How To Change Your Relationship With The Mirror
Updated: Jun 7
By: Nicole Bentley, LCSW
Mirrors can be both wonderful and useful, especially when used appropriately for grooming or decorative purposes. However, some of us may find that as time passes, we have developed an unhealthy relationship with the mirror. But how do we know if our relationship with the mirror has become toxic?
Below are a few criteria:
You regularly go out of your way to check yourself in the mirror to make sure you look okay, OR you regularly go out of your way to avoid mirrors out of fear of seeing yourself
You experience distress and unease if you are not able to gain easy access to a mirror to check your appearance
You experience negative or judgmental self-talk while looking in the mirror
When you look in the mirror, you tend to focus on what you don't like, rather than noticing what you do like
When you look in the mirror, you focus on specific parts of your body and wish for them to look differently
When you look in the mirror, you tend to see one body part as representing your entire body. For example, whenever you look in the mirror, your eyes might be immediately drawn to your stomach and you may begin to believe that others also only see your stomach when they look at you
Time spent looking in the mirror starts to pull your attention away from other valuable life enhancing activities
If you answered “yes” to any of the above, you might have an unhealthy relationship with the mirror. Now that you know where you stand with the mirror, let’s talk about how you can improve the relationship.
Assess if you would benefit from looking in the mirror more or less often. For example, if you are a person who goes out of your way to look in the mirror several times per day to assess how you look, try decreasing your mirror time. On the other hand, if you find yourself avoiding mirrors out of fear of seeing what you look like, work on increasing your time in front of the mirror.
Try shifting your patterns when in front of the mirror. For example, if you are a person who looks right at your thighs when you step in front of a mirror, practice looking at your face, then move down your body. If you always start off turned to the side to check the shape of your stomach, challenge yourself to only face forward. By shifting how you interact with the mirror, you will be breaking the very patterns that turned your relationship sour in the first place.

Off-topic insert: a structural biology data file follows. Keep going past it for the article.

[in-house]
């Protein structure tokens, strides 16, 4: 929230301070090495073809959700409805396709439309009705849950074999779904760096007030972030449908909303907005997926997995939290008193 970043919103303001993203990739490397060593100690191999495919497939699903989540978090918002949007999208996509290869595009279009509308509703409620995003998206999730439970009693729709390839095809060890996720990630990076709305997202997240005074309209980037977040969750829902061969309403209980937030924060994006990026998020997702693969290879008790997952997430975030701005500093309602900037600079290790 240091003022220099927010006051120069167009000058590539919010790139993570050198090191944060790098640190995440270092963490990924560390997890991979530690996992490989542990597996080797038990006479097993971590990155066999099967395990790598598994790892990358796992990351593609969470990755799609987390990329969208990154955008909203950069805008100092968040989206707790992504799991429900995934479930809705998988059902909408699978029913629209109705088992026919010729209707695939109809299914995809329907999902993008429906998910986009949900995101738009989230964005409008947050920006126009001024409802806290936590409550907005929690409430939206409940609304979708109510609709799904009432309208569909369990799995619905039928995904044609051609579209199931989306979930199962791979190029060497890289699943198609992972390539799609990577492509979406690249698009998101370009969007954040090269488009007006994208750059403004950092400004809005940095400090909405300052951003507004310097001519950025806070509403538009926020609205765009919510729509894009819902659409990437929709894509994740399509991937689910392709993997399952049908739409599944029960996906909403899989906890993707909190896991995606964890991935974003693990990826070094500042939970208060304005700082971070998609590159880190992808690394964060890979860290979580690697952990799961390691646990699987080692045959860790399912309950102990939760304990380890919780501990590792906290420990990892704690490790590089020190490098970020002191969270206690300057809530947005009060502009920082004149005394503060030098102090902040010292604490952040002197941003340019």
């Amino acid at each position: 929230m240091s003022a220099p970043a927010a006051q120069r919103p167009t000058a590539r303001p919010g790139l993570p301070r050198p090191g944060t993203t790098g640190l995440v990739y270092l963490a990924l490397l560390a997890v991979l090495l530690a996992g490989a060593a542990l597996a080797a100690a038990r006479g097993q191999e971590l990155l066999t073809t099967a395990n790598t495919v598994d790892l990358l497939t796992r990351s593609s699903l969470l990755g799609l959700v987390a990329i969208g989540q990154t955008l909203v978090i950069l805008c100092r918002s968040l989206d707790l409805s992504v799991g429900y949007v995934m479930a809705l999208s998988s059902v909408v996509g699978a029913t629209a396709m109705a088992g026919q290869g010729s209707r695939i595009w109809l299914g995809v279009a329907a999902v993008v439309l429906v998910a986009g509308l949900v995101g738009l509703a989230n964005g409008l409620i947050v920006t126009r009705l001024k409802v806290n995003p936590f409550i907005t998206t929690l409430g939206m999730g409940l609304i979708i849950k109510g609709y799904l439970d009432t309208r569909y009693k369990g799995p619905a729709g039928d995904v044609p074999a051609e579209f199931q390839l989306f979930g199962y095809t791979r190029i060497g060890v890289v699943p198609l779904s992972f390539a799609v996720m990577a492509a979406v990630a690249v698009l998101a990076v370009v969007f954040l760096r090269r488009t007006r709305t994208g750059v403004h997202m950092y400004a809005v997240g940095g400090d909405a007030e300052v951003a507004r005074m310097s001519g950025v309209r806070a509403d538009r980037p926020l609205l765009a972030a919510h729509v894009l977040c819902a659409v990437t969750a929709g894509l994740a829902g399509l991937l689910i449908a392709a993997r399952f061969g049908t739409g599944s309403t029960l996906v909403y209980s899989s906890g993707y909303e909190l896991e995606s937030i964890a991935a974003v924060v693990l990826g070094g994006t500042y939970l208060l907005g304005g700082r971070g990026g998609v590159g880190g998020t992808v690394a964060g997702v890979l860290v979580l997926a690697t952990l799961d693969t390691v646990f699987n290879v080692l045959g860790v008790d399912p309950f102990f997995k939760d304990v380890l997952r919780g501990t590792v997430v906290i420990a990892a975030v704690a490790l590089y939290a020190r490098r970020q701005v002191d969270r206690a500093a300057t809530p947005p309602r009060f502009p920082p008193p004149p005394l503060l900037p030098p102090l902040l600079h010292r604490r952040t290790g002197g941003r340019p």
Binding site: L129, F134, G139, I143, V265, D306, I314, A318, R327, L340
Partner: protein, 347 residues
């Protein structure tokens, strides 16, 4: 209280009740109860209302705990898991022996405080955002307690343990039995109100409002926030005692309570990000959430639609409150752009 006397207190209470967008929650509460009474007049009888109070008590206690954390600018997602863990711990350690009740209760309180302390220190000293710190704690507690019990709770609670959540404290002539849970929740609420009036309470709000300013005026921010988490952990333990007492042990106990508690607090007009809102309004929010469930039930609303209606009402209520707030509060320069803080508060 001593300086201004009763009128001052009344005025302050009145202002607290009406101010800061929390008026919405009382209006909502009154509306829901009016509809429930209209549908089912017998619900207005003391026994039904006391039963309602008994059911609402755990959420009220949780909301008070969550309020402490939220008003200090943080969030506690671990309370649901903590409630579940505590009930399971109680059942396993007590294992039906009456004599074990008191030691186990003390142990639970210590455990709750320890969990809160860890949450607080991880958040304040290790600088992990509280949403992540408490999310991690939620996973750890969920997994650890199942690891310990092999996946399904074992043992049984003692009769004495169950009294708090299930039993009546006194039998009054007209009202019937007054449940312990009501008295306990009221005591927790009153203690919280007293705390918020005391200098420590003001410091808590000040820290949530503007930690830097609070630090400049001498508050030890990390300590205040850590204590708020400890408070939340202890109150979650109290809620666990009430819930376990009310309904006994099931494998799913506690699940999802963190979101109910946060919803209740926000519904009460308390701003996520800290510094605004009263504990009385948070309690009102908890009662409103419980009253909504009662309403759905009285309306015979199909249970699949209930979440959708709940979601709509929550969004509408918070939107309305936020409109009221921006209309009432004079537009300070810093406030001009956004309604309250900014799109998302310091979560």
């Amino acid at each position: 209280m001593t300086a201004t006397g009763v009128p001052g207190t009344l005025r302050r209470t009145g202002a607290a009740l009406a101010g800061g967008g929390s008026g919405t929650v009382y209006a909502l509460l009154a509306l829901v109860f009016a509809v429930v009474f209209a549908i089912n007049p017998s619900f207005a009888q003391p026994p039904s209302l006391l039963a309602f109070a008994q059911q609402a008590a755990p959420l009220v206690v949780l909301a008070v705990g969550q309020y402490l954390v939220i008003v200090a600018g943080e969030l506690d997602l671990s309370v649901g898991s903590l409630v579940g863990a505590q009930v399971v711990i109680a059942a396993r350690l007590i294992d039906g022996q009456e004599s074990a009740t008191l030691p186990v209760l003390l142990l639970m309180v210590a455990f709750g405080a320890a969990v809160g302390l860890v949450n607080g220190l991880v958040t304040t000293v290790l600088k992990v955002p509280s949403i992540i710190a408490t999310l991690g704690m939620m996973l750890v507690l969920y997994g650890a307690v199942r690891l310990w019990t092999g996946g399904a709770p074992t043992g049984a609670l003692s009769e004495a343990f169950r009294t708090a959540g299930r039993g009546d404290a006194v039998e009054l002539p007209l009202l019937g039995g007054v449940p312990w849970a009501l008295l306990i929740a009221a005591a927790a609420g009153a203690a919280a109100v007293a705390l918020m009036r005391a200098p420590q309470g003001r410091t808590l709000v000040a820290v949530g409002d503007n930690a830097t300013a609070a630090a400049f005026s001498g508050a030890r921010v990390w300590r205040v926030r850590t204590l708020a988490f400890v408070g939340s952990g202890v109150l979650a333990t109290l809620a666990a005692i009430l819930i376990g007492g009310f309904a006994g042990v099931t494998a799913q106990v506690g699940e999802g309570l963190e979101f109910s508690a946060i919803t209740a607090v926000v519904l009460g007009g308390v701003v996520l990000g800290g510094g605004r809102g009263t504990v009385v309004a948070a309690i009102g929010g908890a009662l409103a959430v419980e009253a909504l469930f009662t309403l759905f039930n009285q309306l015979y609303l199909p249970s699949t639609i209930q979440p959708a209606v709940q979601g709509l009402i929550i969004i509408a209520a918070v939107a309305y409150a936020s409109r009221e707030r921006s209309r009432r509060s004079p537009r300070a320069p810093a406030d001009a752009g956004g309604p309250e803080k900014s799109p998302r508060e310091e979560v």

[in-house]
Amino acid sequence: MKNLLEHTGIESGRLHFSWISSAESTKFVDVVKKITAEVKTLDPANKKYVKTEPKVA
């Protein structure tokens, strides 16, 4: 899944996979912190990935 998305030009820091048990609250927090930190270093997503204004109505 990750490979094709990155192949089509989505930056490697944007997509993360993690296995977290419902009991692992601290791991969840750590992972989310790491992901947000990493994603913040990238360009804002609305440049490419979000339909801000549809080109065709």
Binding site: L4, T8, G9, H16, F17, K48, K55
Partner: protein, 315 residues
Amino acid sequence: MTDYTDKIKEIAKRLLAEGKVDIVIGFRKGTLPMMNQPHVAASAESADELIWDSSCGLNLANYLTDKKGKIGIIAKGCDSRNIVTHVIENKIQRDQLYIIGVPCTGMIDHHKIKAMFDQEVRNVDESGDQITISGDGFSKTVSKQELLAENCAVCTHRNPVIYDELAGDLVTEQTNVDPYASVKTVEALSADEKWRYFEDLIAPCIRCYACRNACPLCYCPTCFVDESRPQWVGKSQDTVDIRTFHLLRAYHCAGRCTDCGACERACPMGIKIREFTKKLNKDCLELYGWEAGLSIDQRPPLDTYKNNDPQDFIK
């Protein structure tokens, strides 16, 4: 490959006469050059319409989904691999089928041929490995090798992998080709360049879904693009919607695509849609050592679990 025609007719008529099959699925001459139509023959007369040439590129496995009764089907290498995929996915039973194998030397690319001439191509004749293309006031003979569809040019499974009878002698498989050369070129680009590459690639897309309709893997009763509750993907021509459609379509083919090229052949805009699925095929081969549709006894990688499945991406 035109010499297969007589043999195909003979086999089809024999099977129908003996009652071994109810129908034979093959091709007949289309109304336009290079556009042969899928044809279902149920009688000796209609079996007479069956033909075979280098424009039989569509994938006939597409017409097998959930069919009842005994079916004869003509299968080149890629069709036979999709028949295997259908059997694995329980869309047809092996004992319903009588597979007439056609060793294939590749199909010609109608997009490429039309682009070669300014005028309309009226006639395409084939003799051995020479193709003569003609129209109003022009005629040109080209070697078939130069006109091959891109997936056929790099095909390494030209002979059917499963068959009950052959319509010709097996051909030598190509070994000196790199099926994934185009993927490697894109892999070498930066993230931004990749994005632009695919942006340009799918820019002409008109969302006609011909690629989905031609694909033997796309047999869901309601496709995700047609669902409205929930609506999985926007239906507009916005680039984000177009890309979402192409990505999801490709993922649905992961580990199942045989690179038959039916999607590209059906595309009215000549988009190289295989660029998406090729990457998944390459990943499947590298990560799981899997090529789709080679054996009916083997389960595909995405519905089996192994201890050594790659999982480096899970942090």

Adopt a non-judgmental stance while looking in the mirror. Practice describing only facts such as color, texture and function. For example, starting at the top of your head and working your way down, “I have brown hair, blue eyes, a freckle on my nose, my hands have soft skin and my legs allow me to walk from place to place”.
Practice body gratitude. Every time you look in the mirror, challenge yourself to name three things you are grateful for from your body. For example, “thank you voice for allowing me to sing today, thank you hair for keeping my head warm today, and thank you hands for helping me make an art piece today”.
Adjust your self talk. How we talk to ourselves while looking at ourselves is a very intimate and important part of our self-concept. If you find yourself judging parts of your body, try instead to take a deep breath, place a gentle and compassionate hand on that body part, and express compassion to that body part. For example, if you dislike your upper arms, practice placing a compassionate hand on your arms, taking a deep breath and expressing your compassion and appreciation for your arms. Observe your arms as they are in that moment, rather than wishing they were different.
These tips will help you to start the journey of changing your relationship with the mirror. However, it’s important to note that this this journey can be long and will evolve over time. It’s important to periodically assess how you feel in front of the mirror, and how that is affecting your self-concept.